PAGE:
Slapshot's Non-Photo Reef
I would like to thank the committee for this honor. My love of saltwater aquariums started when I was born in Southern California within a mile from the ocean. I grew up less than a block away. My father first took me diving when I was 10, I got my first aquarium shortly there after. My first beginnings in saltwater was 30, well lets just say "some" years ago.
My humble 55-gallon with dead coral, turned into today what could conservatively be called an obsession. Not satisfied with the difficulties of SPS
my I have moved into the world of Azoox corals. My system has been sculpted to keep the beauty of SPS
on the top and the color and majesty of the Azoox corals on the bottom, all along trying my best to make it look like a natural reef. I am as you can see a bit crazy about keeping it natural looking, every attempt is made to hide every wire and pump. The rockwork is four pillars with a central face rock. The sides of the tank are incorporated into the design as additional rockwork. The system is a 150-gallon custom tank that is 33-inches high 24-inches deep and 48-inches wide. It is built into a closet in the garage so all that shows in the house is a perfect window into the ocean. The plumbing runs from the garage down into the basement to my filter room.
My filtration system has become a little obsessive also. With two deepwater 55-gallon drums then an old trickle filter that has been modified into a cooling tower then into a 150-gallon sump and several refugiums.
The system is fed three times a day a mixture of various pellets and every hour a mix of several phytoplankton and various Fauna Marin foods. This is accomplished using a Super Feeder, peristaltic pumps and a Neptune Jr. Equipment & Maintenance Sump
Several sumps, but a total 300 gallons. The water flows through two 55 gallon drums as settling stations then an old trickle filter, then a 30 gallon fuge
and finally a 100 gallon sump. I have two fuges, one that houses Cheato and another that houses a deep sand bed, reef lobster and various macro algae. The cool thing is the drums have become environments unto themselves. The first one is covered with a white sponge and the second one tube worms. Interestingly there are no tube worms in the first one and no sponges in the second one. Flow
Tunze Wavebox 6201
Hydor Koralia 6 Lighting
Two 400-watt MH with Ushio 20k bulbs.
Two 24-inch HO/T5 with Pure Actinic bulbs.
Five Blue LED spotlights. Skimmer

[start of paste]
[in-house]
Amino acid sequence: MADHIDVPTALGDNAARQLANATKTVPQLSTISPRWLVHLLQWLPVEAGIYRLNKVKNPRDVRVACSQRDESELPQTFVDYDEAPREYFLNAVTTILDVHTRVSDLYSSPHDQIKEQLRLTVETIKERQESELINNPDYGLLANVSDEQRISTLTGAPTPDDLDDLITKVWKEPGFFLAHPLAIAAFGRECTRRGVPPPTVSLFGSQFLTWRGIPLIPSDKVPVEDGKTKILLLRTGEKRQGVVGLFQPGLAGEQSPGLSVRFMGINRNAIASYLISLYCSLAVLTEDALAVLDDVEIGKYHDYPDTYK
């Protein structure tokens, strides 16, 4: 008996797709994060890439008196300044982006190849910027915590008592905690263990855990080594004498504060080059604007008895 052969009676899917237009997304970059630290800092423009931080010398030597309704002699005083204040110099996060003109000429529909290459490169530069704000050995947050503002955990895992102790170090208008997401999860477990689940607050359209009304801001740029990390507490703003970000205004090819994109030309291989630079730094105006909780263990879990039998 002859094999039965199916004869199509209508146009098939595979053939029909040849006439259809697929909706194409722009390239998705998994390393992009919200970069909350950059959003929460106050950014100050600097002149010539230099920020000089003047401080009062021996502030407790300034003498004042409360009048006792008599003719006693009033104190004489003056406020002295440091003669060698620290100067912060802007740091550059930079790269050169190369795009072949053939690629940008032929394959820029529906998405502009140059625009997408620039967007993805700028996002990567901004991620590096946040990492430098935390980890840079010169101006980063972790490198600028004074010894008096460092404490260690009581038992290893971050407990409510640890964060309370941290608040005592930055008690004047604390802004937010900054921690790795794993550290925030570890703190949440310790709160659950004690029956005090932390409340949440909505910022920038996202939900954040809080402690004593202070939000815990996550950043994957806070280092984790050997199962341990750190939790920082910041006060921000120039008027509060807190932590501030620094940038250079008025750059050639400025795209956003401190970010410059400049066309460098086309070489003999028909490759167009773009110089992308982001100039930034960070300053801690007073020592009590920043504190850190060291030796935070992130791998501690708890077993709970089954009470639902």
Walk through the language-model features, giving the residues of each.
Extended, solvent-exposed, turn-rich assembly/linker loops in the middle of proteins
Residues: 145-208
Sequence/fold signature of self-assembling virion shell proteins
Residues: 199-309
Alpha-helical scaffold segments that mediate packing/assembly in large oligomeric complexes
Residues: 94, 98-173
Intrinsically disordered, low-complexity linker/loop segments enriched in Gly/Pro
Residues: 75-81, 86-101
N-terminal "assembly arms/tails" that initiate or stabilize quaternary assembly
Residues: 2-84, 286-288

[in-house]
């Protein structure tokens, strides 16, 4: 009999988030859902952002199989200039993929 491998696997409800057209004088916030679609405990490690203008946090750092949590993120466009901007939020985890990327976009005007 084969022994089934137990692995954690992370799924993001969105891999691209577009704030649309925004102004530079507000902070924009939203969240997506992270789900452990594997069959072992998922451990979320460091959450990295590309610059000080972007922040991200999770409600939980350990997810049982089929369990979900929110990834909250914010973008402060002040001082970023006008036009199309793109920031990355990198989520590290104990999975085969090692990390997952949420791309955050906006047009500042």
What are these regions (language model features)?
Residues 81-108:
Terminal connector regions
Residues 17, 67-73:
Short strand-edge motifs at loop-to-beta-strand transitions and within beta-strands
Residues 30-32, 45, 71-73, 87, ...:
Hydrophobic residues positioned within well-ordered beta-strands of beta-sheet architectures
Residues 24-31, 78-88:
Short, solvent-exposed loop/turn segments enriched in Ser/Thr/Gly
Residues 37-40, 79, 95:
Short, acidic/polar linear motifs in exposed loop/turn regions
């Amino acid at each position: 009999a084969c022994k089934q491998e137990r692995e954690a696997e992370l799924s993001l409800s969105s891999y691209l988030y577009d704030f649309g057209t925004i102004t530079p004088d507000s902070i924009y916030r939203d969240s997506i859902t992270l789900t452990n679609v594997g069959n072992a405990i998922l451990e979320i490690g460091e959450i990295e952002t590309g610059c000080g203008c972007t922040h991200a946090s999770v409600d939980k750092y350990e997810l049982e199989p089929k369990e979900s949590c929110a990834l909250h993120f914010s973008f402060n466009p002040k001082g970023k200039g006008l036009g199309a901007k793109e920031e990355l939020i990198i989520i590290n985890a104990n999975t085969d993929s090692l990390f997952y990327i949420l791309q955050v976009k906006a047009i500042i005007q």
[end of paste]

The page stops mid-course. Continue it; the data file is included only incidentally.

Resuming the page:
Two, Reef Octopus 200 and a Thiel Aqua Tech Cooling
A custom DYI cooling tower. Calcium and Alk
I use the Balling method with peristaltic pumps, controlled by a Neptune Jr. Other Equipment
Everything is controlled by the Neptune Jr.
Vertex Bio Pellets Maintenance
Weekly 5-percent water changes.
Daily clean front glass.
Monthly clean the back of the display tank. Additives and Feeding
I feed Frozen Cyclops by themselves, then a mixture of Fauna Marin's Clam Food, Sea Fan food, Ultra Min mixed with Ultra Min S. I follow the directions for Fauna's gorgonian system add several types of Phytoplankton. I mix it up in 200-mL of water and add that throughout the day. The food seems expensive but it last a long, long, long time. I have had my containers for 6 months and I am only half way through. Thank God for Bio Pellets!
I feed the Cyclops in the morning before work or before going to bed but only once a day. The tough part is you have to feed way less then you think but many times. I do a 10 percent water change every week and have no nitrates at all. I do have a large amount of water (400-gallons) in the system and only have animals in the 150-gallon tank. Target Water Parameters
- Calcium: 420 ppm
- Alkalinity: 8.5 kH
- Nitrite: 0 ppm
- Nitrate: <1 ppm
- Phosphate: Low
- Magnesium: 1500 ppm
- Specific gravity: 1.26
- Temperature: 79 F
- pH: 8.03
|Several gorgonian including |
|2 Enchinogorgia, |
|20 inch Pterogorgia|
|2 Plexauura |
|2 sun Corals|
|Several varieties of Chili corals|
|a large red Beard Sponge|
|three different Cirrhipathes spp wire corals|
|several Sea Rods|
|Many types of SPS (21 different ones) |
|encrusting Orange Monti|
|True Red Cap|
|A large Oulophyllia (6 in x 8 in) and a smaller Australian one|
|Australian Blue Favia|
|Australian Reverse Prism Favia|
|Green Favia, |
|3 color variants of Frog Spawn|
|Neon Green Caulastrea|
|One green Plate Coral|
|2 Australian Torch corals, yellow and bright green|
|12 different colored Ricordia Florida|
|Orange Acan Maximum |
|Several other Acans|
|Tiger Pistol Shrimp|
|Purple Pin Cushion Urchin|
|a multi colored Pin Cushion Urchin|
|Coral Banded Shrimp|
|An Orange Brittle Star|
|Harlequin Brittle Star|
|Pair of Coral Banded Shrimp |
|Red Hawaiian Reef Lobster |
|Derasa Clam with purple spots |
|Derasa Clam - traditional stripped one|
|5 Bartletts Anthias|
|1 Power Blue Tang|
|Kole Tang |
|Naso Tang |
|Red Sand Scooter|
|Leopard Wrasse |
|3-foot Zebra Moray|
|2-foot Snowflake Moray|
|Pair of Percula Clownfish |
|Pair of Maroon Clowns|| |
In conclusion, I hope you enjoyed my little window into the ocean. My future hope is to continue to explore the world of Black and Azoox Corals. Succeeding in keeping them long term would be the highlight of my life. Then who knows where I go.